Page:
Saturday, December 10, 2011



   I've become so involved writing and researching our relations from the past I’ve felt at times I was actually there with them, wherever they were... in Fiji, Sussex, Indiana or Scotland.  None were boring, all presented a fascinating, lively aspect of their times.
   Why did so many make the long journey to Australia?  Some were younger brothers in a large family where only the first born inherited the family farm.  Others were caught up in the famine and hardship of Europe in the early 1800's.

   One such group from my Reluctant Travellers side of the family were the offspring of his Somerset born great-Great Grandmother, Jane Williams.  You may remember a previous story about our surprise at finding her final resting place on Straddie, the same island we moved to more than 30 years ago without the slightest idea of a long ago family connection.

Powell family's voyage on the Irene
    Two of great Great-Grandmother Jane’s daughters married brothers from the Powell family.  The Powell’s were a close knit farming family from Manningford Bohun in Wiltshire.

Hoping for a better life they immigrated to Australia in 1858 on the Irene.  Stephen and Lucy Powell brought with them their seven children aged from 3 years to 24.  One son, 12 year old Cornelius would eventually marry Mary Jane Williams, while his then 3 year old brother George Powell, will later marry her younger sister Matilda.

   Mary Jane and Cornelius settled close to her parent’s home in Nanango, an early mining and logging district near the Bunya Mountains.  Her mother Jane Williams will act as midwife to her daughter’s first two pregnancies, Margaret and Louisa Jane Powell.  Those two girls will be followed by Matilda, Sarah, Emily, Jane Constance, Lucy Mary and Stephen Charles.

   Sadly, their only son, Stephen will die within two years of his birth.

   The younger Powell’s, Cornelius and Mary Jane’s children, provided a wealth of detail for future family to cherish.  The girls in particular were obviously infatuated with the photographer and his camera.

   In a photographer’s studio, possibly in Roma or Nanango, the Powell sisters, Matilda, Lucy Mary and Emily pose for the camera, revealing a stylish but individual choice of apparel.


Matilda has really gone overboard, dressed in an outfit more suited to a garden party than a photo shoot in outback Queensland. 


    Both Lucy and Emily wore their everyday clothes.  In the black and white shots they appear to be dressed in black and I wonder if at the time they were in mourning.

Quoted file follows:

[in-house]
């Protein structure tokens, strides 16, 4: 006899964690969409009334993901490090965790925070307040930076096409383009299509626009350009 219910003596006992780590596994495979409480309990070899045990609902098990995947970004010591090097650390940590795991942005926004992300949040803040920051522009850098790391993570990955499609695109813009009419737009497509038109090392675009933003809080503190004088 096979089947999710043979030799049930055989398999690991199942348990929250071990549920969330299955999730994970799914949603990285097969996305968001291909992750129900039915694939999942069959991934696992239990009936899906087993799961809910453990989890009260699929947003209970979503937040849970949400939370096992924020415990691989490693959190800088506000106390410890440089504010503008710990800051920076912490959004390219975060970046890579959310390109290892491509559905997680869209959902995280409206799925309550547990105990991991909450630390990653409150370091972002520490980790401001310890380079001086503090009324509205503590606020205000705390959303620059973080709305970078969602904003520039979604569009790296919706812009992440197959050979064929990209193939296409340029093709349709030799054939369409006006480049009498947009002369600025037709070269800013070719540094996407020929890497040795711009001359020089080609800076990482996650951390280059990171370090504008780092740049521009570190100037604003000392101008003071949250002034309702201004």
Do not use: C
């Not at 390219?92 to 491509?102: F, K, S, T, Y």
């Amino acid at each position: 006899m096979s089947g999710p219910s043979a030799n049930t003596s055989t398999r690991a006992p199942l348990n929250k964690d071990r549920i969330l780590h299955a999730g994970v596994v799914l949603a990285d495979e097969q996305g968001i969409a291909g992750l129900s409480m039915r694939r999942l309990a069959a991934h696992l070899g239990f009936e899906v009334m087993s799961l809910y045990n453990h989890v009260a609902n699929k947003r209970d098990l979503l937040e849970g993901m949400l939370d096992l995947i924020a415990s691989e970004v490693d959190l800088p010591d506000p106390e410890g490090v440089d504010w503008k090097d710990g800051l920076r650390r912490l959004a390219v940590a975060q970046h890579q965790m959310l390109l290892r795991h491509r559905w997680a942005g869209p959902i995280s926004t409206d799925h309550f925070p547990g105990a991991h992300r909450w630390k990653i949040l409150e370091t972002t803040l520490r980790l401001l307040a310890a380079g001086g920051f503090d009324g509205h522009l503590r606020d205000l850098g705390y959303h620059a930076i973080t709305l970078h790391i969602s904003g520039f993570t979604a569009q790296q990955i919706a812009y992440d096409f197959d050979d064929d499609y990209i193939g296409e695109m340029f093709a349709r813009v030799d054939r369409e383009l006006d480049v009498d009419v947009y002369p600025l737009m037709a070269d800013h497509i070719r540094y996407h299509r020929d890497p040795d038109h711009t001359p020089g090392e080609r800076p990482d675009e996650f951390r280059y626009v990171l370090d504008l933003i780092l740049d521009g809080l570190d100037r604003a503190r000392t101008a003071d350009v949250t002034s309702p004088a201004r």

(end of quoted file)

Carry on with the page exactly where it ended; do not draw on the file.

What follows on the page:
Cornelius’s brother Thomas, only 9 years old when the Powell’s arrived on the Irene in 1858, posed in separate studio portraits with his attractive young wife, the former Mary Ann Dawson.

   The Powell girls show a marked likeness to their mother Mary Jane, the same fine features and dark hair.  In the photo below, with her husband, Cornelius, Mary looks a bit tired and frankly, worn out.  And no wonder. Twenty four years of her life was spent bearing eight children.

    No walk in the park back in those days.

Cornelius and Mary Jane Powell
    The photo of Cornelius and Mary Jane was most likely taken not long before his death in 1907.  Just two years later in 1909 Mary Jane’s mother, Jane Williams, the Nanango midwife from Somerset will die at the Benevolent Society Asylum on Stradbroke Island, far distant from her family.

   Blind and not wishing to be a burden on her daughters, it was Jane’s wish to spend her last days on Straddie.

    My Reluctant Traveller strolling in the historic and beautiful cemetery at Straddie where Jane Williams, nee Wall, is buried in an unmarked grave.

Marius and Louisa Jane Sorensen
    Another Powell daughter, Louisa Jane, brought into the world by her midwife grandmother in 1875, will marry the Danish farmer, Marius Sorensen in 1897 in Roma, and become the Reluctant Travellers grandmother when their daughter Connie marries Jack Mortimer. 

   Despite the hardships of life in Queensland’s outback, the two women, my husband's Grandmother and his Great Grandmother...Louisa Sorensen and her mother Mary Jane Powell, will live exceptionally long lives as these copies of  Queensland newspaper clippings show...

   The Sorensen’s 1947 golden wedding anniversary coincided with the death of Denmark’s King.  The family party however carried on regardless.  Not at the family home in suburban Paddington as my Reluctant Traveller remembered, but at a local hall.  Grandfather Sorensen played his accordion as he had done at all family gatherings.

  And Louisa Sorensen’s mother, Mary Jane Powell who attended the party in Brisbane at the age of 91, lived on for another eight years when another daughter placed the following birthday notice in the local Roma newspaper.

I have read a lot about big families, but I think my Grandmother, Mrs M.J.Powell of Roma can beat them all.  She has 211 living descendants. They include five daughters, 42 grandchildren, 120 great grandchildren and 44 great- great grand children.  Mrs Powell was born in Nanango in 1855 married in 1872 and widowed in 1907.  She celebrated her 99th birthday last month.
Until finally the Matriarch's death in 1909 is recorded in a tiny paragraph of a government report. 

   Mary Jane Powell’s mother, the indomitable Jane Williams may have died on Straddie in relative obscurity but her memory, and that of her daughters and grand daughters, lives on  in the history of the adopted country she helped to pioneer.


Robyn Mortimer ©2011